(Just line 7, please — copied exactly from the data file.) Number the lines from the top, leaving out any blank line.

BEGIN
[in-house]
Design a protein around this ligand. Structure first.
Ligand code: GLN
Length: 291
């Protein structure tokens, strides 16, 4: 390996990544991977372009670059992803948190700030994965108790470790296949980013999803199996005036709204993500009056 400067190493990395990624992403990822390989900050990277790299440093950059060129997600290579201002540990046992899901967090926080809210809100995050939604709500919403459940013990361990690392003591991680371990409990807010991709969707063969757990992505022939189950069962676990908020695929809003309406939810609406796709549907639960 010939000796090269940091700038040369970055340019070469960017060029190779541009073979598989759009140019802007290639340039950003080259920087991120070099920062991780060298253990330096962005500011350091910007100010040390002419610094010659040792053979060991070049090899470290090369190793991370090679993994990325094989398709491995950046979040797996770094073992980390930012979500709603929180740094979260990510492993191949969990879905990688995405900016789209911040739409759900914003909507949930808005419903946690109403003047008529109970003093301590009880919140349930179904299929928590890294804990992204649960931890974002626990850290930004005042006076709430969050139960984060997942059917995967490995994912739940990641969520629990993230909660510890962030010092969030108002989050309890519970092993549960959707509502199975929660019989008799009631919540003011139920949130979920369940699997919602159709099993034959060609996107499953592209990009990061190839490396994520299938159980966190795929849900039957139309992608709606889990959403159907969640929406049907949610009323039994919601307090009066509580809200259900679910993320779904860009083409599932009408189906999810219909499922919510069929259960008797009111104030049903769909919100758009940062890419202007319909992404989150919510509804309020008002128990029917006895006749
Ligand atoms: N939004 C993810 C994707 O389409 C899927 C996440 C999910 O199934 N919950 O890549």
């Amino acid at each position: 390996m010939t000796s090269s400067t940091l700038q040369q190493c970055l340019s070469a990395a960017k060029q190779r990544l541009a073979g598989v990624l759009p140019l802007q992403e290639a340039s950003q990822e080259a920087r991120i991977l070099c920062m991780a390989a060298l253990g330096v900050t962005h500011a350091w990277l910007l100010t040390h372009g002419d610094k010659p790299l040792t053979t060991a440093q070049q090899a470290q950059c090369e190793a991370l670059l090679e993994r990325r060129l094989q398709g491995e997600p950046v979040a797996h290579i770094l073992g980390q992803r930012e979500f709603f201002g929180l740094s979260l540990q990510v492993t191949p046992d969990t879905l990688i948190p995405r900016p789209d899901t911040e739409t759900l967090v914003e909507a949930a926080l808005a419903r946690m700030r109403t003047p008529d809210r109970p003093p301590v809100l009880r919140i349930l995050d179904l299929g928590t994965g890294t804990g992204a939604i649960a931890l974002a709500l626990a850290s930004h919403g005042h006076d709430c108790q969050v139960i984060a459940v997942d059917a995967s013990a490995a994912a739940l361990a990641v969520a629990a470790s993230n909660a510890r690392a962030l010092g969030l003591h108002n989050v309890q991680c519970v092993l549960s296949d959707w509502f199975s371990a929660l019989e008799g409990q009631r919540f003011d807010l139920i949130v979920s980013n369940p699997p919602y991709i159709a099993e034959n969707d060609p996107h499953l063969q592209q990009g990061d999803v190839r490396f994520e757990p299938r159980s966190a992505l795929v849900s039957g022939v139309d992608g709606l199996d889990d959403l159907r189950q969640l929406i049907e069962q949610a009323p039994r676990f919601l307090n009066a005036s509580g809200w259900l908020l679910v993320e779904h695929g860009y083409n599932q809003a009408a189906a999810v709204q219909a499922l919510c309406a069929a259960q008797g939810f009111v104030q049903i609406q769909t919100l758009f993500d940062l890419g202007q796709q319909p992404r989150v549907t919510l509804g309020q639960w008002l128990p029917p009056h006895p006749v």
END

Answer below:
């Amino acid at each position: 390996m010939t000796s090269s400067t940091l700038q040369q190493c970055l340019s070469a990395a960017k060029q190779r990544l541009a073979g598989v990624l759009p140019l802007q992403e290639a340039s950003q990822e080259a920087r991120i991977l070099c920062m991780a390989a060298l253990g330096v900050t962005h500011a350091w990277l910007l100010t040390h372009g002419d610094k010659p790299l040792t053979t060991a440093q070049q090899a470290q950059c090369e190793a991370l670059l090679e993994r990325r060129l094989q398709g491995e997600p950046v979040a797996h290579i770094l073992g980390q992803r930012e979500f709603f201002g929180l740094s979260l540990q990510v492993t191949p046992d969990t879905l990688i948190p995405r900016p789209d899901t911040e739409t759900l967090v914003e909507a949930a926080l808005a419903r946690m700030r109403t003047p008529d809210r109970p003093p301590v809100l009880r919140i349930l995050d179904l299929g928590t994965g890294t804990g992204a939604i649960a931890l974002a709500l626990a850290s930004h919403g005042h006076d709430c108790q969050v139960i984060a459940v997942d059917a995967s013990a490995a994912a739940l361990a990641v969520a629990a470790s993230n909660a510890r690392a962030l010092g969030l003591h108002n989050v309890q991680c519970v092993l549960s296949d959707w509502f199975s371990a929660l019989e008799g409990q009631r919540f003011d807010l139920i949130v979920s980013n369940p699997p919602y991709i159709a099993e034959n969707d060609p996107h499953l063969q592209q990009g990061d999803v190839r490396f994520e757990p299938r159980s966190a992505l795929v849900s039957g022939v139309d992608g709606l199996d889990d959403l159907r189950q969640l929406i049907e069962q949610a009323p039994r676990f919601l307090n009066a005036s509580g809200w259900l908020l679910v993320e779904h695929g860009y083409n599932q809003a009408a189906a999810v709204q219909a499922l919510c309406a069929a259960q008797g939810f009111v104030q049903i609406q769909t919100l758009f993500d940062l890419g202007q796709q319909p992404r989150v549907t919510l509804g309020q639960w008002l128990p029917p009056h006895p006749v």